You never know how some adults react to these classes, but this adult told me later that he knew his son was in the right troop simply by the way the instructor responded to his question. He said, “I’m an Eagle Scout and I thought I knew everything about scouting and camping. The instructor, on several levels, politely showed me that I still have a lot to learn.”

I didn’t watch the Scouts teach the course because I wanted the new adults to see that I trusted them even in teaching safety. But I sure was proud of him.

Barry

I'm learning this same lesson on a regular basis as a new Den Leader. It's amazing how much things change. I just got CPR certified, it's been 20 years since I last did it. I couldn't believe how much has changed even with that.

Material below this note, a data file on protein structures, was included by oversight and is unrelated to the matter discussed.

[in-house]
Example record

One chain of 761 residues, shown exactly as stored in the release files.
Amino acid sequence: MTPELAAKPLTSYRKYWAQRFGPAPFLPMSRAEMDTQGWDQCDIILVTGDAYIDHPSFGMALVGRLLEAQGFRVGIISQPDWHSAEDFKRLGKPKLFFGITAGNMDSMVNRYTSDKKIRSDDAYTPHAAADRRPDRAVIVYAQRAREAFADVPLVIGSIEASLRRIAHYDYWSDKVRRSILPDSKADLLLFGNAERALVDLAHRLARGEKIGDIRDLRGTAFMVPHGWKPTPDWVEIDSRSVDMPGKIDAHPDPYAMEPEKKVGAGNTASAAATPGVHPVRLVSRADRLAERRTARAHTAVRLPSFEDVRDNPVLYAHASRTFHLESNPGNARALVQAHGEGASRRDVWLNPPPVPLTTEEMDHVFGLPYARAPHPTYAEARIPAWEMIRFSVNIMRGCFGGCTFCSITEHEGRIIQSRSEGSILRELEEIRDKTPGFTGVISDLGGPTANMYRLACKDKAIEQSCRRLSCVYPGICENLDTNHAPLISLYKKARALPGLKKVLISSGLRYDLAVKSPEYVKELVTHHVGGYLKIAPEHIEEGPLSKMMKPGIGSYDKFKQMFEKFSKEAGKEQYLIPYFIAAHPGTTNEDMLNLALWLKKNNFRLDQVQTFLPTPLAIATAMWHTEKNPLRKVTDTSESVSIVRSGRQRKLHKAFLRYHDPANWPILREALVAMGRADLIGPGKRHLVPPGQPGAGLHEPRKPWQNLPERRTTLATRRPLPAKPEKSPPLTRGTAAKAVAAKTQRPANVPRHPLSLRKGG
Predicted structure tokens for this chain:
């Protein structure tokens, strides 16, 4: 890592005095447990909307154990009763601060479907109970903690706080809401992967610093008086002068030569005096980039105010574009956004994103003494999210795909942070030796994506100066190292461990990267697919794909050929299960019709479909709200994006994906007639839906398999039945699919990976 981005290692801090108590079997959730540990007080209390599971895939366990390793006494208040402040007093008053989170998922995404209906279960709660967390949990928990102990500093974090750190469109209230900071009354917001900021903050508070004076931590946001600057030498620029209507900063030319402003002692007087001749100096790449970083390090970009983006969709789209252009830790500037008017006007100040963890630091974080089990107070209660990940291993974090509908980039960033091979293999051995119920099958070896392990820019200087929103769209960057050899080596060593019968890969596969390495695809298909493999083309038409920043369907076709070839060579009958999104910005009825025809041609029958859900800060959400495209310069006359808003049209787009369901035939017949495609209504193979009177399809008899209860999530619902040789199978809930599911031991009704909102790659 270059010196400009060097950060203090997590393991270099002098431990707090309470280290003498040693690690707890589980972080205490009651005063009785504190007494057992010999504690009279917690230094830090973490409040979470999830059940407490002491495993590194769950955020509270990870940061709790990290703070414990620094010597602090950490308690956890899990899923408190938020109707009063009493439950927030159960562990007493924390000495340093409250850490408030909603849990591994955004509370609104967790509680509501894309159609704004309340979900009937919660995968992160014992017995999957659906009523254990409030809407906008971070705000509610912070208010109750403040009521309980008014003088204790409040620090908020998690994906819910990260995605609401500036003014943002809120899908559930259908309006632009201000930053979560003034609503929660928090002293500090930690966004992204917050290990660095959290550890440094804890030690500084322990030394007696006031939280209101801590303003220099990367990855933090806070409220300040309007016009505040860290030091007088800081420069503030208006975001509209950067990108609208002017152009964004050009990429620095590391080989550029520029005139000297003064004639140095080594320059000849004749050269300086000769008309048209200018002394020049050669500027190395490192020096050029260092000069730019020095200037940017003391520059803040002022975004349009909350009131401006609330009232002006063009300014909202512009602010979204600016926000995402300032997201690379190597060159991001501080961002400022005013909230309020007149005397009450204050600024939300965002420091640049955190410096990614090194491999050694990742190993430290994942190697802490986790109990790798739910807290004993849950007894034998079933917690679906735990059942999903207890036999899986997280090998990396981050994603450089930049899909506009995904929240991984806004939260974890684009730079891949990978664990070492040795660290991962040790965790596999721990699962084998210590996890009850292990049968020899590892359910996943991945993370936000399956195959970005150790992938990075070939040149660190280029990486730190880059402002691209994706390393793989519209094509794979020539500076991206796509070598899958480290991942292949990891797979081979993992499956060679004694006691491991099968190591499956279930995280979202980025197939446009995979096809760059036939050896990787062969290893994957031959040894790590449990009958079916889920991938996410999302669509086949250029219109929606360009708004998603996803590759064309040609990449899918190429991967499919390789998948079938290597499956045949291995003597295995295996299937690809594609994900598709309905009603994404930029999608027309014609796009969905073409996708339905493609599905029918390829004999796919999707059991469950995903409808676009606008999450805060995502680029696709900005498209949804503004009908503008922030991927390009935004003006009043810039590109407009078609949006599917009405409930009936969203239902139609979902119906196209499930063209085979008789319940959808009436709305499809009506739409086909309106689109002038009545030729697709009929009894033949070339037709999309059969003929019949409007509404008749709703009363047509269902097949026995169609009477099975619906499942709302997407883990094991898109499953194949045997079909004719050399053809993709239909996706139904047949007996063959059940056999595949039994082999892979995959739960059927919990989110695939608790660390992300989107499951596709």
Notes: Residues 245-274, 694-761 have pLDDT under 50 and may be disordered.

I am sure that I'm in for many more surprises along the way, finding out that the way I learned things is now quite different. 

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24 minutes ago, Eagledad said:

One of the older scout’s teaches woods tools safety on the first new scout camp out each year so the new Scouts can use their knife. We require all new adults attend the class as well, mostly so they see boy run in action.

I remember one new adult was a little perplexed about how the older scout instructor taught knife sharpening. The technique was different from how he learned when he was a scout. He very politely asked the instructor about it and the instructor responded by giving the adult a page number reference in the scout handbook.